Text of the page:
For five years, I’ve been awarding one NHL Draft prospect the Trey Fix-Wolansky award. It has honestly been one of the most fun things for me to keep track of, and I decided to blow it out a bit this year with all the nominees and a little bit about them.
If you’re not familiar with the Trey Fix-Wolansky award, here’s a brief synopsis. It started in 2017 when I saw one game of Trey Fix-Wolansky and thought “dang this kid is good...why is no one talking about him?” I looked up his stats and he wasn’t producing a massive amount of points and he was listed as 5’8 tall. I ranked him based off of one viewing and with the caveat that he wasn’t going to get picked.
The criteria has changed a little bit since its inception, but it still remains largely unchanged. The criteria being:
1.) I wouldn’t be shocked if the player wasn’t drafted at all.
2.) Have to be way off the beaten path. There may be a mention here or there, but no one is talking about this player as one of the ones they’d want to take with a late-round pick.
Past winners of the Trey Fix-Wolansky Award:
2017: Trey Fix-Wolansky
2018: Trey Fix-Wolansky
2019: Raphael Harvey-Pinard
2020: Joe Miller
2021: Quinn Hutson
The Honorable Mentions
Frankie D’Ancona, F, USHL
I first saw D’Ancona at the Hlinka camp last year and I thought he was one of the better players on his team that included Gavin Hayes and Mikey DeAngelo. He wasn’t playing much in the USHL this year but I was watching Cole Knuble and D’Ancona had back-to-back shifts where he was outstanding against Knuble. On one he stole the puck and did a spin-o-rama pass for a high danger shot and the other he got tripped and stick handled on his knees past a guy and then got up and made a pass.
Overall, he never really did much to warrant a ranking. His production was poor, and his skating never seemed to have much pace. However, he gets credit for his limited viewings and hopefully with more opportunity D’Ancona will make a leap for next year’s Trey Fix-Wolansky award.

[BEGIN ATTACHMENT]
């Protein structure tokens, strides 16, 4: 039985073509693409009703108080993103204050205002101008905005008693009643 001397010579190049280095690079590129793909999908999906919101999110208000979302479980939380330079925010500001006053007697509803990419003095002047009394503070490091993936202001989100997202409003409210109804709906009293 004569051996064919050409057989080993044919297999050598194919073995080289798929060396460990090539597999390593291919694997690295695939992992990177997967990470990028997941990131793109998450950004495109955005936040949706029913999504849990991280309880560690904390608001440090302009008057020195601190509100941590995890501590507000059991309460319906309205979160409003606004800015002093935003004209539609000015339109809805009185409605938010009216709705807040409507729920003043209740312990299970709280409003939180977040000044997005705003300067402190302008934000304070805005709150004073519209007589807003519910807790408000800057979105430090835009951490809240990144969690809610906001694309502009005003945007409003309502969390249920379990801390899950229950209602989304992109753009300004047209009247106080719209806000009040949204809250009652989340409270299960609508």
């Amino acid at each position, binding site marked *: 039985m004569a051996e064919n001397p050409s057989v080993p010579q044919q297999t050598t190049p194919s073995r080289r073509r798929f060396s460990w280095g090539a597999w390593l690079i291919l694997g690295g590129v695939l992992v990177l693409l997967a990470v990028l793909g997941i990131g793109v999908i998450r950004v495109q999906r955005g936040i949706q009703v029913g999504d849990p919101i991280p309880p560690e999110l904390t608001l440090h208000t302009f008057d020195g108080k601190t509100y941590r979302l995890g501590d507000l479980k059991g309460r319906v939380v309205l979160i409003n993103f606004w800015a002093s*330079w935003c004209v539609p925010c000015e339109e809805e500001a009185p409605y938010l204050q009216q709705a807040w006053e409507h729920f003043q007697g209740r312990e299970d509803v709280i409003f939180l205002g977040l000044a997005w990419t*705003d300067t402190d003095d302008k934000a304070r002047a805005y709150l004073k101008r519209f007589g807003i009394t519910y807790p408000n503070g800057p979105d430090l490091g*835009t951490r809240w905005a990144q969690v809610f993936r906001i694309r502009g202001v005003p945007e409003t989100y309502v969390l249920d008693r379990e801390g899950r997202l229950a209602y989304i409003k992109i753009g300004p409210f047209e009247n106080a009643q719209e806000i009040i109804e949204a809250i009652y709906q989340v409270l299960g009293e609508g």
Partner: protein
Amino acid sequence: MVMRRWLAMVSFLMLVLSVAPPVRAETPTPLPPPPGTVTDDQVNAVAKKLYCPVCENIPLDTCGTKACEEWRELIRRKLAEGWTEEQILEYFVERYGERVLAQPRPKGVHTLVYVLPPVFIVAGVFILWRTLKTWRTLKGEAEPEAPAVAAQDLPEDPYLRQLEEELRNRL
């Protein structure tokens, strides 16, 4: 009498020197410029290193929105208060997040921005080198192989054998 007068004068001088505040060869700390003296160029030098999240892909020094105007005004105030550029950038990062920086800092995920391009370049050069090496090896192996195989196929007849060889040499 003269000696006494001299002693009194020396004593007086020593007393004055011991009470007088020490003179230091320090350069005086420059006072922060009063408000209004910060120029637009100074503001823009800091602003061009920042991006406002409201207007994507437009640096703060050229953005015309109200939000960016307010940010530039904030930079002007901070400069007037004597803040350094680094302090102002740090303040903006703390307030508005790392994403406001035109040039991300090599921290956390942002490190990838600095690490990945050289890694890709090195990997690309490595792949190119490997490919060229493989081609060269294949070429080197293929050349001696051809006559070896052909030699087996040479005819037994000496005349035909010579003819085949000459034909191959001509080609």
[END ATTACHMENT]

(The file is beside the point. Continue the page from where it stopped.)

Ethan Beyer, RHD, HS-Prep
With Kazimier Sobieski out of the MacPhearson tournament; I came away impressed with Beyer’s ability to move the puck offensively and his ability to run the power play. I thought he was Shattuck’s best defensemen in the tournament and was surprised to see his counting stats so low when I looked him up after the tournament. He’s listed at 5’11 so a bit smaller, but he’s a player that I would be shocked if he got drafted but is definitely one I’ll keep an eye on the next couple years to see how he develops. No current plans for next year are listed on EliteProspects, but he is slated to join Arizona State for the 2023-24 season.
5.) Roenick Jodoin, F, OHL
Jordan Malette at Smaht sent me a message asking me if I’ve ever watched Jodoin play a few months back. I threw on a game of his at random and within the first couple minutes of watching, Jodoin did this:
2022's leading candidate??— Austin (@BMaster716) January 21, 2022
Roenick Jodoin pic.twitter.com/7ey0eOEoZR
Jodoin is slippery with the puck on his stick, and I’ve been impressed with the way he thinks the game as well. He’s 5’7 and had 17 points in 47 games this past year so I don’t think he’s going to get drafted. However, if he’s able to get a little faster and gets an opportunity to play up in the lineup next I can see myself really liking the player. He’s also got a lot of runway as he’s one of the youngest players in this draft with his September 10th birthday.
4.) Zaccharya Wisdom, RW, USHL
The younger brother to Zayde Wisdom; Zaccharya showed a tremendous motor in my two viewings of him and plays with pace and grit. He was tremendous in transition as well even though he wasn’t used as the primary puck facilitator on his line. He had 23 points in 53 games this past year with playing a very minimal role (I think he was at 9 and 12 minutes total ice time in my two viewings), but there’s a lot to like in his game especially the grit and motor he possesses that I would swing on him in the late rounds.
3.) Jacob Guevin*, RHD, USHL